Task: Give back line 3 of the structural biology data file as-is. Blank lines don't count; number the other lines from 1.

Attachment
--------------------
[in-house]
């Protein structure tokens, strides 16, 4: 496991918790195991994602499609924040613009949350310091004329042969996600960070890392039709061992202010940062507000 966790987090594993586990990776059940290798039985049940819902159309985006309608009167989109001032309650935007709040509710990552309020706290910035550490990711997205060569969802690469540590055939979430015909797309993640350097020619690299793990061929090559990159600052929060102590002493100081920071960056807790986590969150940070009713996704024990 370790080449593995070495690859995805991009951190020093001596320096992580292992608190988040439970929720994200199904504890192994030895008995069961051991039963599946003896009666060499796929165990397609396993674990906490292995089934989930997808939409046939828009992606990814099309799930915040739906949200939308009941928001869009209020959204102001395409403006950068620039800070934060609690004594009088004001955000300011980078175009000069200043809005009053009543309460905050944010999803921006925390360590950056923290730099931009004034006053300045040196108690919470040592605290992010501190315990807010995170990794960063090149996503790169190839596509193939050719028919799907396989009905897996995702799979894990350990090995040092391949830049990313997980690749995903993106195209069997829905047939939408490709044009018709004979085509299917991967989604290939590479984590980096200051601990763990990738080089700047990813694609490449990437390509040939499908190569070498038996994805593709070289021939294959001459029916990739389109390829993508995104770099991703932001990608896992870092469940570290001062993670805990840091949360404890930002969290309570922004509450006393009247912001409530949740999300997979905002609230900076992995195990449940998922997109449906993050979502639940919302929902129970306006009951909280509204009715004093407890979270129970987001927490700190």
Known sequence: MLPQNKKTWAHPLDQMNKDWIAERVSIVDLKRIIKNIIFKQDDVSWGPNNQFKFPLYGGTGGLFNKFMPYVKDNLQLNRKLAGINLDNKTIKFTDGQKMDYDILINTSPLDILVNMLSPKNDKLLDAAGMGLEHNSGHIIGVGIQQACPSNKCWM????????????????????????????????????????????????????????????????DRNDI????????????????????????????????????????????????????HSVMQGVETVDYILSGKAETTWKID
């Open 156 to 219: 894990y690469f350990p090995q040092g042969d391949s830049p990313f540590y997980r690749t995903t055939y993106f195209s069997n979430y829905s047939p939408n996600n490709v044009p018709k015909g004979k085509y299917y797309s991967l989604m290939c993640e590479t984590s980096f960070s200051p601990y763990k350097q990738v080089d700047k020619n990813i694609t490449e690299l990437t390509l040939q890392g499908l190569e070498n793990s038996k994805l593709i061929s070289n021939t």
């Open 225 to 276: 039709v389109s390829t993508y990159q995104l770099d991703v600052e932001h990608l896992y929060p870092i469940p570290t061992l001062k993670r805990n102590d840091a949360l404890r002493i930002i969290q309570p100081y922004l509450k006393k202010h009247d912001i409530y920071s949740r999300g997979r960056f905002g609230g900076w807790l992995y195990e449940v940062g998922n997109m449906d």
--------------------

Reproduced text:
Known sequence: MLPQNKKTWAHPLDQMNKDWIAERVSIVDLKRIIKNIIFKQDDVSWGPNNQFKFPLYGGTGGLFNKFMPYVKDNLQLNRKLAGINLDNKTIKFTDGQKMDYDILINTSPLDILVNMLSPKNDKLLDAAGMGLEHNSGHIIGVGIQQACPSNKCWM????????????????????????????????????????????????????????????????DRNDI????????????????????????????????????????????????????HSVMQGVETVDYILSGKAETTWKID